PSPs evoked within tuned regions were quantified by integrating responses evoked by each frequency. The membrane potential before sound presentation was set to 0. The area between the PSP response and baseline was calculated for each response within a 100 ms window after stimulus onset, so that depolarizing responses yielded a positive area and hyperpolarizing responses were negative. Action potentials were not incorporated in the integration, and, in records with action potentials, membrane potential values were interpolated between spikes. For responses that contained depolarizations and hyperpolarizations, the area was calculated by subtracting negative from positive values. The integrated responses were graphed in two ways. The first shows the normalized responses evoked across the frequencies of the tuned region of each neuron (see Fig. 7 A–C). In these graphs, responses were binned in 2 kHz increments, normalized to the largest (absolute value) PSP area (Fmax), and then aligned at Fmax. The second shows the average PSP area of each tuned region (see Fig. 7D). PSP areas for each frequency within the tuned region of the neuron were summed, and the sum was divided by the number of responses. The sign of the summed responses for neurons dominated by excitation was positive, whereas the sign of the summed responses of neurons dominated by inhibition was negative.
Measurement of chloride reversal potential.
Estimates of the chloride reversal potential were made in four neurons. Three to 10 repetitions of tone bursts that evoked a response configuration that had both hyperpolarizations and depolarizations were presented, and responses were recorded at the normal resting potential. Hyperpolarizing current was then applied that shifted the membrane potential by −5 mV, and the same tone bursts were presented again. This procedure was repeated several times, so that the tone-evoked responses were obtained at membrane potentials ranging from 5 to 20 mV more negative than the normal resting potential. The chloride reversal potential was estimated to be midway between the most negative membrane potential at which the hyperpolarizations were still present and the next more negative membrane potential at which the hyperpolarization reversed to a depolarization. Those values ranged between −58 and −63 mV, and our estimate of the chloride reversal potential was approximately −60 mV.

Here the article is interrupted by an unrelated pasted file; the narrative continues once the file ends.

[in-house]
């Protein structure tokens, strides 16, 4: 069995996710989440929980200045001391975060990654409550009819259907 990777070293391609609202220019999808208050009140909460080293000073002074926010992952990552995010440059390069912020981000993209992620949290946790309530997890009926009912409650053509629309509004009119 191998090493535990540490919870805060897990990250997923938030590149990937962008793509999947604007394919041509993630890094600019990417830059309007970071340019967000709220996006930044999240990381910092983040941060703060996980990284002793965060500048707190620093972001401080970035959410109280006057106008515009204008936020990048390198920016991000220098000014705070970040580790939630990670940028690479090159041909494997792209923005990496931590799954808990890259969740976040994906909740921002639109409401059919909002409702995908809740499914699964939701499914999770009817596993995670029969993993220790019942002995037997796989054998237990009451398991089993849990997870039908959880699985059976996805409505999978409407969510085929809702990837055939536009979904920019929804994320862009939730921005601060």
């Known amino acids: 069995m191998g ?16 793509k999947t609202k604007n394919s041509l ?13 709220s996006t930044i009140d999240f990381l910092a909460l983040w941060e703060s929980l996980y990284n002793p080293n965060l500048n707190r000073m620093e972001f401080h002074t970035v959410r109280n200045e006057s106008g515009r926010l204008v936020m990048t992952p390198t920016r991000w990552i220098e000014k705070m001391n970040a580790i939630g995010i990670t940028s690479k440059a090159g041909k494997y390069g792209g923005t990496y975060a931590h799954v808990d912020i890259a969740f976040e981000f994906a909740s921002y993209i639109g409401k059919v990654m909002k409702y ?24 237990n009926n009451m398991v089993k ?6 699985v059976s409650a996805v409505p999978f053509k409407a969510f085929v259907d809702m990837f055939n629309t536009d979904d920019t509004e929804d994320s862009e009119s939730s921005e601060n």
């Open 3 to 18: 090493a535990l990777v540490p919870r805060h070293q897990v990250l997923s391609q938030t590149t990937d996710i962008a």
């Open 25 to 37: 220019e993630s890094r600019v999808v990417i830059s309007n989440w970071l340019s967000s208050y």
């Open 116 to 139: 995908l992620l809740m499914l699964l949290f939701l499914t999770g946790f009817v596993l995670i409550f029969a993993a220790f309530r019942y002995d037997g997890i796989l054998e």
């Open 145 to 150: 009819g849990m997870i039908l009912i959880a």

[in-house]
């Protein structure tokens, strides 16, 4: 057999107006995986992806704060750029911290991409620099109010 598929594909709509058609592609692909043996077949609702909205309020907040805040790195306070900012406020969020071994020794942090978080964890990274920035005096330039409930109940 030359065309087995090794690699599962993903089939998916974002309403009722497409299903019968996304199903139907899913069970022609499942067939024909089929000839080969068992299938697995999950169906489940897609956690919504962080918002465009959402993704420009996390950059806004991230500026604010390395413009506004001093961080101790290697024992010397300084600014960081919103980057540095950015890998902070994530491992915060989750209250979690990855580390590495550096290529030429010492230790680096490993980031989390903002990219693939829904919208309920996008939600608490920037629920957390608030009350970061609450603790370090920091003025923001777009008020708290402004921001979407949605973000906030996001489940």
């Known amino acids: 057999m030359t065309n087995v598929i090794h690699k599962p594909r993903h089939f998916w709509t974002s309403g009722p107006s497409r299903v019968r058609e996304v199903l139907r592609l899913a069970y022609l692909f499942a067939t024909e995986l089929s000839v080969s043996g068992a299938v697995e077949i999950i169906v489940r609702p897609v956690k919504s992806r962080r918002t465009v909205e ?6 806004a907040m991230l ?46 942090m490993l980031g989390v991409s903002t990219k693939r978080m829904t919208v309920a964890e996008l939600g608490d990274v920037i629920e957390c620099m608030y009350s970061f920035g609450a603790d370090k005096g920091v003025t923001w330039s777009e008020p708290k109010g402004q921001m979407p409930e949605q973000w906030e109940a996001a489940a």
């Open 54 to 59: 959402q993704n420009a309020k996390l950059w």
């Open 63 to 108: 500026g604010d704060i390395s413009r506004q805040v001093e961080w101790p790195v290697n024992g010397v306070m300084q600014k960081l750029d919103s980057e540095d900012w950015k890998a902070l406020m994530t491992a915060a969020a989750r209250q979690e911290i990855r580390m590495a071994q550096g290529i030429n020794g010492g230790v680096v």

There are, however, uncertainties in our estimates of the chloride equilibrium potential. One is the adequacy of the space clamp. We did not know whether the same membrane potential measured through the patch electrode reflected the membrane potential on the dendrites. In short, the reversal potential may indeed have been, or may not have been, more positive than we estimated. A second uncertainty is the assumption that the dialysis was complete and that each cell actually had the same internal chloride concentration as the patch electrodes. No doubt some dialysis occurred and brought the internal chloride concentration closer to that in the patch electrode, but how much closer and to what degree in each cell is unknown. One reason is that the series resistance was fairly high (50–100 mΩ) with in vivo recordings, thereby hindering dialysis.